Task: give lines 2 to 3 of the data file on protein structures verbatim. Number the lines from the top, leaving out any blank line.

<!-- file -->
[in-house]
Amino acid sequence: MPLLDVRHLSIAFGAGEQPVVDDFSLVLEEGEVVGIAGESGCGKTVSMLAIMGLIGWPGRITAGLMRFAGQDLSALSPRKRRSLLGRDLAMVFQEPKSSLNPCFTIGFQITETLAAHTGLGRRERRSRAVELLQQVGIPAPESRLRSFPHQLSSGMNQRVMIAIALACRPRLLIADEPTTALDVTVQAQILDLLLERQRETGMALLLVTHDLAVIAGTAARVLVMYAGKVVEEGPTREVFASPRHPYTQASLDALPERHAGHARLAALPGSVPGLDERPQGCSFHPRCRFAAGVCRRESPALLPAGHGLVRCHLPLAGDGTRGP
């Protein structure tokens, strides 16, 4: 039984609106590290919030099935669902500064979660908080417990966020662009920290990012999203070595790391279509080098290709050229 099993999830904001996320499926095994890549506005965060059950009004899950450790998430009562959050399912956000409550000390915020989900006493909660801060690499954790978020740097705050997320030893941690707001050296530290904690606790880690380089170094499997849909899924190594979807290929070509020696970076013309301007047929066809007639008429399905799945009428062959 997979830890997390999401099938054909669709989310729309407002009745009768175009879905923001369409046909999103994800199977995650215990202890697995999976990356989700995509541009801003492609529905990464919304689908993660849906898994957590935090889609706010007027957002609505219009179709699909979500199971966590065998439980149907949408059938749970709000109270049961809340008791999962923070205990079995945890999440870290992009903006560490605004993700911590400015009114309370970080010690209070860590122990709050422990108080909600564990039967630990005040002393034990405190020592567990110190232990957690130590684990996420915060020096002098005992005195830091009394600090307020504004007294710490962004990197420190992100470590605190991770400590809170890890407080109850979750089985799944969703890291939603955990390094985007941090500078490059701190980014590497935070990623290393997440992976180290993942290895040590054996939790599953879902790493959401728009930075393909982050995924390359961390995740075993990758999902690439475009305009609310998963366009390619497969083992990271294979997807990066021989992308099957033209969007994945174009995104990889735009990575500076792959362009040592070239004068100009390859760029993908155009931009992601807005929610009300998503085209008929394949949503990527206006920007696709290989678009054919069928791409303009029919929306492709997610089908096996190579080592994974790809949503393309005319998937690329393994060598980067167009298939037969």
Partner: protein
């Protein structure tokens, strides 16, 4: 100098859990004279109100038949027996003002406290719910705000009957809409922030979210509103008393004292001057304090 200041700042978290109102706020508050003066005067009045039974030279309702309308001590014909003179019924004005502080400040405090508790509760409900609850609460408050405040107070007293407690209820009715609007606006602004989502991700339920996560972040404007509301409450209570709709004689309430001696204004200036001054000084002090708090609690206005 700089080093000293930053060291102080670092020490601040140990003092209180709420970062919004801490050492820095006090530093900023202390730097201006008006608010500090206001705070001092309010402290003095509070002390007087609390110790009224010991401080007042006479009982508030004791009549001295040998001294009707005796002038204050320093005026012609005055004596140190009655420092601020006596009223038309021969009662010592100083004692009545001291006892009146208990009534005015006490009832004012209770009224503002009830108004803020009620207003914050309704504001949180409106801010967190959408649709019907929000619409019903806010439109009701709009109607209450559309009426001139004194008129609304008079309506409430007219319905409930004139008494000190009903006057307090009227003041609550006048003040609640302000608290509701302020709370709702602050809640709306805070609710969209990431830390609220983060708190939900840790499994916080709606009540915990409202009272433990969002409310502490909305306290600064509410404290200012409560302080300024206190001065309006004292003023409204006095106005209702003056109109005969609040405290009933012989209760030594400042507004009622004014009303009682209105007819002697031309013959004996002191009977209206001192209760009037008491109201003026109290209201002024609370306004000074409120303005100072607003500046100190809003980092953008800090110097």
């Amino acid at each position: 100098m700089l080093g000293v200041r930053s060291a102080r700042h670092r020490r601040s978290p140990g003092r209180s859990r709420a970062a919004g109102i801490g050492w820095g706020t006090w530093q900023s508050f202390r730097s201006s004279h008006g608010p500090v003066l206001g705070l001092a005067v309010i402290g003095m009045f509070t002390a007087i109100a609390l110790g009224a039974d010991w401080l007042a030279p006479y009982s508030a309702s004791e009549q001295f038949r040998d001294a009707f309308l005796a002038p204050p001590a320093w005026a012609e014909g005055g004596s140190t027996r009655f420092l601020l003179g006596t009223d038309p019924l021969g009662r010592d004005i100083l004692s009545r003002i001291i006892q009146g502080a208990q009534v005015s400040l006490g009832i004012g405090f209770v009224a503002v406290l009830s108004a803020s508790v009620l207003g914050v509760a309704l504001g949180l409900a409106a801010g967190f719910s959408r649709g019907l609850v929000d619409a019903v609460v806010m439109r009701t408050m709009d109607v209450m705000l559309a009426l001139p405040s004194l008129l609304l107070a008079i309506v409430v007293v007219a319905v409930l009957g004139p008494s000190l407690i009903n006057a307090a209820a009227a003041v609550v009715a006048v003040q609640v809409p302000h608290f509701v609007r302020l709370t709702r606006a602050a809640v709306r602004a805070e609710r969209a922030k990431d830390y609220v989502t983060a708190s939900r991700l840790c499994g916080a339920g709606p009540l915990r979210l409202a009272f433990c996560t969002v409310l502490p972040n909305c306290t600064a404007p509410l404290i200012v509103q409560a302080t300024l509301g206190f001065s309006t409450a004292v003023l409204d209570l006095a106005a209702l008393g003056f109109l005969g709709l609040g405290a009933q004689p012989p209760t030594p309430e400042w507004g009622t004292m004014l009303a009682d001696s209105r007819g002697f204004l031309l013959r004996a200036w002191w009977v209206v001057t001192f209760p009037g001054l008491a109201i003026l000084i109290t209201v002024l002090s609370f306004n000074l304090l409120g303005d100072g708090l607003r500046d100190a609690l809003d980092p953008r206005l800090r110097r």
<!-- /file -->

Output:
Amino acid sequence: MPLLDVRHLSIAFGAGEQPVVDDFSLVLEEGEVVGIAGESGCGKTVSMLAIMGLIGWPGRITAGLMRFAGQDLSALSPRKRRSLLGRDLAMVFQEPKSSLNPCFTIGFQITETLAAHTGLGRRERRSRAVELLQQVGIPAPESRLRSFPHQLSSGMNQRVMIAIALACRPRLLIADEPTTALDVTVQAQILDLLLERQRETGMALLLVTHDLAVIAGTAARVLVMYAGKVVEEGPTREVFASPRHPYTQASLDALPERHAGHARLAALPGSVPGLDERPQGCSFHPRCRFAAGVCRRESPALLPAGHGLVRCHLPLAGDGTRGP
């Protein structure tokens, strides 16, 4: 039984609106590290919030099935669902500064979660908080417990966020662009920290990012999203070595790391279509080098290709050229 099993999830904001996320499926095994890549506005965060059950009004899950450790998430009562959050399912956000409550000390915020989900006493909660801060690499954790978020740097705050997320030893941690707001050296530290904690606790880690380089170094499997849909899924190594979807290929070509020696970076013309301007047929066809007639008429399905799945009428062959 997979830890997390999401099938054909669709989310729309407002009745009768175009879905923001369409046909999103994800199977995650215990202890697995999976990356989700995509541009801003492609529905990464919304689908993660849906898994957590935090889609706010007027957002609505219009179709699909979500199971966590065998439980149907949408059938749970709000109270049961809340008791999962923070205990079995945890999440870290992009903006560490605004993700911590400015009114309370970080010690209070860590122990709050422990108080909600564990039967630990005040002393034990405190020592567990110190232990957690130590684990996420915060020096002098005992005195830091009394600090307020504004007294710490962004990197420190992100470590605190991770400590809170890890407080109850979750089985799944969703890291939603955990390094985007941090500078490059701190980014590497935070990623290393997440992976180290993942290895040590054996939790599953879902790493959401728009930075393909982050995924390359961390995740075993990758999902690439475009305009609310998963366009390619497969083992990271294979997807990066021989992308099957033209969007994945174009995104990889735009990575500076792959362009040592070239004068100009390859760029993908155009931009992601807005929610009300998503085209008929394949949503990527206006920007696709290989678009054919069928791409303009029919929306492709997610089908096996190579080592994974790809949503393309005319998937690329393994060598980067167009298939037969």